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During last SIGGRAPH, we’ve met with the founders of Qarnot. This is a very interesting startup from France, which combines rendering farms and heating technologies. Inside the device is the electric radiator using high-performance processors as a heat source. It’s absolutely amazing.
About 10 years ago, Paul Benoit, CEO and co-founder of Qarnot, was working in the R&D department of a major bank which was intensively using thousands of computers night and day, to run computations. He was impressed by the amount of energy used to supply the data centers, these “digital factories”, and especially to cool them down. He thought: “Why not use these computers as a heating system”? In 2010, he created Qarnot computing to implement this idea. In 2012, the first Q.rads were installed, followed the next year by 300 more heaters in a social housing building in Paris, France. In 2015, Qarnot started computing for large clients in the banking industry, 3D animation and research. In 2016, Qarnot raised €2,5 million with the European datacenter operator Data4, and was awarded the “Best of CES” Editors’ Prize by the American magazine Popular Mechanics.
Could you discuss the way your project works? Could you talk about the hardware that is in the center of your startup? Who produces it? What is in the center of this technology?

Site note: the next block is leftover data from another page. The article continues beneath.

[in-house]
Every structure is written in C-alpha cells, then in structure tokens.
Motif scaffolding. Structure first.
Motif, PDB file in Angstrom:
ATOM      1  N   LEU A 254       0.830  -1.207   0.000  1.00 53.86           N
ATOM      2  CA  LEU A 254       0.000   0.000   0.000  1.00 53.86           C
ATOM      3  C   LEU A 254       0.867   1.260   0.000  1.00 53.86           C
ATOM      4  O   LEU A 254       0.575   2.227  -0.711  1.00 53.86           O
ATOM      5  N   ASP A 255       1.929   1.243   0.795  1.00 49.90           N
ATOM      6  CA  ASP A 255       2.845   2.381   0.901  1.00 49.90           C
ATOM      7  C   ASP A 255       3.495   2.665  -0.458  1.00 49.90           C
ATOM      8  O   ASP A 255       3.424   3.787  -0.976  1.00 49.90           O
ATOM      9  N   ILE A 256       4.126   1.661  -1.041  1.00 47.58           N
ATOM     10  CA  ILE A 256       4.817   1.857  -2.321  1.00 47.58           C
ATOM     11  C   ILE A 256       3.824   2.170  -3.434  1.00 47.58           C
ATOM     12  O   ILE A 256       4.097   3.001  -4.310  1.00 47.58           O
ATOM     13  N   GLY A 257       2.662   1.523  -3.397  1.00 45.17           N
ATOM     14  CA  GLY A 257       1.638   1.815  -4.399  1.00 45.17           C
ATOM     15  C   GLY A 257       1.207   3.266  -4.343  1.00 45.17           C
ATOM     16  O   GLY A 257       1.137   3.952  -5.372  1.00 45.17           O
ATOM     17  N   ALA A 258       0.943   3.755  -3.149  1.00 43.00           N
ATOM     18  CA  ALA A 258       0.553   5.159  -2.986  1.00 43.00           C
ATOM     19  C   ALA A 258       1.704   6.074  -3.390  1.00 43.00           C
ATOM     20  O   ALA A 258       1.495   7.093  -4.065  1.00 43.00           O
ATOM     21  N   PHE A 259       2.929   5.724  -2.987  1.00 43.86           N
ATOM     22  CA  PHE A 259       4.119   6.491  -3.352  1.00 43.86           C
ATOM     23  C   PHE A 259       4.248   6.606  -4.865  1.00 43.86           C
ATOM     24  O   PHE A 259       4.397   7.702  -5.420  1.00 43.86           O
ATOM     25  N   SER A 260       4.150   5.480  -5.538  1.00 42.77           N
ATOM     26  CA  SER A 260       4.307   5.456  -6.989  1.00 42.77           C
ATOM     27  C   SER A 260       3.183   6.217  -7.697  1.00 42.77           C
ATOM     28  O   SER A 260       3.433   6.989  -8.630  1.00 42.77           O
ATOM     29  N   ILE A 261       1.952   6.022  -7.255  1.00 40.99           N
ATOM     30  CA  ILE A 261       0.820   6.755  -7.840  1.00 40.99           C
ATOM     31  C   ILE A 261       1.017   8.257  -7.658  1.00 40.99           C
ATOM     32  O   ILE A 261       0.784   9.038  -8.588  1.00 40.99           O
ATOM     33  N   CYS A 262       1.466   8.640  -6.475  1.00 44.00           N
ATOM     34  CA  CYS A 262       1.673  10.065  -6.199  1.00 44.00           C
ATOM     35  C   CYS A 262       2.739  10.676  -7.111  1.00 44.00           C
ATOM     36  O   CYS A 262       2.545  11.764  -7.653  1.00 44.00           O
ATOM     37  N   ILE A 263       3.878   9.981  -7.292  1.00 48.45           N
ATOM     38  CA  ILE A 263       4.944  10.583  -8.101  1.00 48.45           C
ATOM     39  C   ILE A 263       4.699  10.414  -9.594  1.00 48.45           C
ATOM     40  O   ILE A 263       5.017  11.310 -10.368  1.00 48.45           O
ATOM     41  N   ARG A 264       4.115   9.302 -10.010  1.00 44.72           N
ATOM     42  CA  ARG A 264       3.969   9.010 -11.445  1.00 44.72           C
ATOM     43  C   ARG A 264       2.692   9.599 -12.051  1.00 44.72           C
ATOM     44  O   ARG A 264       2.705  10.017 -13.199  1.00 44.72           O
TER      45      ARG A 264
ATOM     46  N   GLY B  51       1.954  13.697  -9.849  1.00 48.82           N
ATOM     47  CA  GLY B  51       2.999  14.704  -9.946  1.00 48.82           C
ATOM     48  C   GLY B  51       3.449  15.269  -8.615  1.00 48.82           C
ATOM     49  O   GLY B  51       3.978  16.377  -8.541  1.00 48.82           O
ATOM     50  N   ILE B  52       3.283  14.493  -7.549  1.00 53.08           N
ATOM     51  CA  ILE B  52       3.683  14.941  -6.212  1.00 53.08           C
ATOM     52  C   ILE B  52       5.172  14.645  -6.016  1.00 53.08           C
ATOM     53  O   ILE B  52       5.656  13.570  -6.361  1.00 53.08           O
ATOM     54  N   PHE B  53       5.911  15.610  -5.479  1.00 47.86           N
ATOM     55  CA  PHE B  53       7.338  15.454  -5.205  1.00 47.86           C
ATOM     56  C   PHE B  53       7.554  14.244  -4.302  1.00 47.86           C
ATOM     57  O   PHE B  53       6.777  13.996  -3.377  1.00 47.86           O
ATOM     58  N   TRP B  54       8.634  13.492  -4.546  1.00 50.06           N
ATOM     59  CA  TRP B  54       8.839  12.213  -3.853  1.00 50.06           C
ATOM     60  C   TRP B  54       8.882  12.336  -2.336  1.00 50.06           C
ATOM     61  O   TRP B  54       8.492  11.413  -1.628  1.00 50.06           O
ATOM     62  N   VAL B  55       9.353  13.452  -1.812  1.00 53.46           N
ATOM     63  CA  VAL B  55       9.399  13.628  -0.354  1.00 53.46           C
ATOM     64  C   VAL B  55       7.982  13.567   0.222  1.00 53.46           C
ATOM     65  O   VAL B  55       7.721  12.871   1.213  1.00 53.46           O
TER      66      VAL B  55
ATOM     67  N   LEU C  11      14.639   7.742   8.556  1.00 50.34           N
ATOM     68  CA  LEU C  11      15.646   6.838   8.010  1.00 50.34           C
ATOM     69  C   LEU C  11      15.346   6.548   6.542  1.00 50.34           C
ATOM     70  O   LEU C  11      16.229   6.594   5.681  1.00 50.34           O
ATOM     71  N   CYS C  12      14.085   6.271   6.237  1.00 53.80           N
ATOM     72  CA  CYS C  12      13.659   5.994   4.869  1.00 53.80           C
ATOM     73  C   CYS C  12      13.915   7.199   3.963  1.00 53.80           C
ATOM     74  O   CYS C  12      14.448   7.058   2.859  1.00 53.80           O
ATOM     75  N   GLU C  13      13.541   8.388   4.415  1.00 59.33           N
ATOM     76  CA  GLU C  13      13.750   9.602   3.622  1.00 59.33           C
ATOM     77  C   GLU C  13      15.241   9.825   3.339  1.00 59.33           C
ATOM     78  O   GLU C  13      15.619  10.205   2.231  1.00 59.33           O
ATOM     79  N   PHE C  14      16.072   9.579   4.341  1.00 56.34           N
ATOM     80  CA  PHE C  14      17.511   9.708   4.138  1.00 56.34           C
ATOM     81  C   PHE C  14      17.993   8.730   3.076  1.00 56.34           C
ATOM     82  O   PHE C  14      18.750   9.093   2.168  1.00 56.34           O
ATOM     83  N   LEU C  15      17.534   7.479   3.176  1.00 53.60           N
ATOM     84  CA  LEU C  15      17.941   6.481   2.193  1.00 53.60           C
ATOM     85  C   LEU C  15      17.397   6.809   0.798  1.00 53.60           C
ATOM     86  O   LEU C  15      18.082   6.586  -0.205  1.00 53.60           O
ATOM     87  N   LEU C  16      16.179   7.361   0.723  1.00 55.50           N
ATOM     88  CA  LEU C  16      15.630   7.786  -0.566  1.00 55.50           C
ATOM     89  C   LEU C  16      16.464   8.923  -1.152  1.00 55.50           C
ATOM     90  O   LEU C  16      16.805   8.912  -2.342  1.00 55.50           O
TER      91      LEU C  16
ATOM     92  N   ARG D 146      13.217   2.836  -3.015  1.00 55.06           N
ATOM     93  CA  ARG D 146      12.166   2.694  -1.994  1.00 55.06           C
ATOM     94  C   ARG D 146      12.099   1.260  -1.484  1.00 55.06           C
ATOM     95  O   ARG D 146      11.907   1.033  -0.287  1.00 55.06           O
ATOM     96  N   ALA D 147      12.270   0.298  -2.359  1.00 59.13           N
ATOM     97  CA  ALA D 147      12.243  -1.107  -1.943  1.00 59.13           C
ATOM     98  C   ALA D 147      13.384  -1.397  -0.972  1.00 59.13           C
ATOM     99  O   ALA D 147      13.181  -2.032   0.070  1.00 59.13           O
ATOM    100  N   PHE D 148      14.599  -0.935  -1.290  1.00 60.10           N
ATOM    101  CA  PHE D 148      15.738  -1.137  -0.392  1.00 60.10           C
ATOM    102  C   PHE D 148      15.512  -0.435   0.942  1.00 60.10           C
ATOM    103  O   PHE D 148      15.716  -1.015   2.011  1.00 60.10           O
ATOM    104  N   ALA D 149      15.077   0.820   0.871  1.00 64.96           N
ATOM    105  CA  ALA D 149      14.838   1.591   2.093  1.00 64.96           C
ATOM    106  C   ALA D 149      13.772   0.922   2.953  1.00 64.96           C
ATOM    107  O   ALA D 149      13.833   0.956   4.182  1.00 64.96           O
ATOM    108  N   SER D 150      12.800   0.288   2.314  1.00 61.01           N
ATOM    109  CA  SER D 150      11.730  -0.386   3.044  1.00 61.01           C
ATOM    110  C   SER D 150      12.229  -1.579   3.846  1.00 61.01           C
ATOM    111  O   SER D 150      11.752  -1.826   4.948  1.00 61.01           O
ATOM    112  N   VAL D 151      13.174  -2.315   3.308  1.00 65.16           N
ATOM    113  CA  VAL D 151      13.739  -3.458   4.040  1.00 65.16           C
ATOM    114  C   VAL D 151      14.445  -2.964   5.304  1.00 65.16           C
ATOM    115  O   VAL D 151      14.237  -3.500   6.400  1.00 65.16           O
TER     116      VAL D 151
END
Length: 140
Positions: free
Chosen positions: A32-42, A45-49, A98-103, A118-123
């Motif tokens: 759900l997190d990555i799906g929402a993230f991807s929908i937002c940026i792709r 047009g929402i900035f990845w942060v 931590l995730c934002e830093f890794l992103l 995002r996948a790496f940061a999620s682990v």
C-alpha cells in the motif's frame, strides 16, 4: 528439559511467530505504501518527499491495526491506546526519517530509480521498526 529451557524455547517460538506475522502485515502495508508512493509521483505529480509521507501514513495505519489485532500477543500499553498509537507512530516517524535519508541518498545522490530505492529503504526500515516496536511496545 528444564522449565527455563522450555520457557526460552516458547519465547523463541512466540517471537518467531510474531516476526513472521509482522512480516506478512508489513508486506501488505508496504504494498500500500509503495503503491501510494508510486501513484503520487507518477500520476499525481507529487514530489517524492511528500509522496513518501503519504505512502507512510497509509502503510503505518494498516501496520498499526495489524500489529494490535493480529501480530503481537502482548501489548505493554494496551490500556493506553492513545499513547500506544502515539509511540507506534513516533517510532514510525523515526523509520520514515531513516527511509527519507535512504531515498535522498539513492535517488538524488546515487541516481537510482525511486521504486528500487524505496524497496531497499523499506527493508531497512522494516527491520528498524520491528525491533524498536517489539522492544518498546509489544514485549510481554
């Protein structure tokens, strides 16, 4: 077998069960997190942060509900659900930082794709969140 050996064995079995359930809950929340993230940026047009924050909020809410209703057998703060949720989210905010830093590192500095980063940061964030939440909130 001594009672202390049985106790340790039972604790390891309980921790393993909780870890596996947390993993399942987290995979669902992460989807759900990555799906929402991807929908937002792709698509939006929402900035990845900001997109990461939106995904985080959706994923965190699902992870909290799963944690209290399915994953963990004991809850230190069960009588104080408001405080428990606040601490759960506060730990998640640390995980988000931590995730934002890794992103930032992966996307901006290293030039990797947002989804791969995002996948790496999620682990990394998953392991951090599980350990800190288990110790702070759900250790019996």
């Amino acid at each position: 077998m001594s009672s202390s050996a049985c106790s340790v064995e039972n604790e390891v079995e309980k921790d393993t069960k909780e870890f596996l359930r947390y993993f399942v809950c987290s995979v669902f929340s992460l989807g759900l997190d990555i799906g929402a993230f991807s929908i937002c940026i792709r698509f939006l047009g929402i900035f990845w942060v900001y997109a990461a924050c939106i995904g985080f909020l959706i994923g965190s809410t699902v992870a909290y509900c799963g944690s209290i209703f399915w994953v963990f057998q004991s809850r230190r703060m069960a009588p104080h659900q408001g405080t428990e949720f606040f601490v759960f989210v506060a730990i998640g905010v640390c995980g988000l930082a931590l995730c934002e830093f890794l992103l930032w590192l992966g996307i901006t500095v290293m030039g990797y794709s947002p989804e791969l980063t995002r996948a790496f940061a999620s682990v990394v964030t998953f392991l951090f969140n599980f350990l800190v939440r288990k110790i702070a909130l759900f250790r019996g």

Qarnot computing has designed and produces the Q.rad, an electric radiator using high-performance processors as a heat source. Totally silent, the device gets its computing instructions through the Internet. Depending on the version, each Q.rad embeds 3 to 4 processors. A Q.rad can heat a 150 to 300 sq. feet room in a building meeting modern isolation standards. The Q.rad is a system with high inertia and produces a so-called high quality “soft” heat as opposed to electrical convectors.
How does the heater work with the computing? How does it all work? How do the rendering and processing units work?
The heat produced by workload processing provides free and efficient heating for any premises connected to the Internet. Through a thermal regulation system and a proprietary workload distribution platform, processing and heating power can be matched all year long. It constitutes a complementary alternative to data centers, which create waste two-fold: heat from data processing that goes unused, and the subsequent cooling of this wasted heat. The Q.rad thus significantly lowers the carbon footprint of both data processing and household heating. As the American Economist Jeremy Rifkin puts it: “Qarnot computing promotes a new era of data centers where computing power is distributed between buildings and where excess of heat from computer/radiators heat homes”.
How can you become the part of this initiative? How do you install these things in your place? Do you get paid for it or do you need to pay for it?
Today, Qarnot installs Q.rads in buildings for a minimum of 20 units. We receive a lot of requests from individuals, and we hope to provide this segment with our free and green heating solution in the near future.
Qarnot computing sells the computing power of the Q.rads to companies and research centers.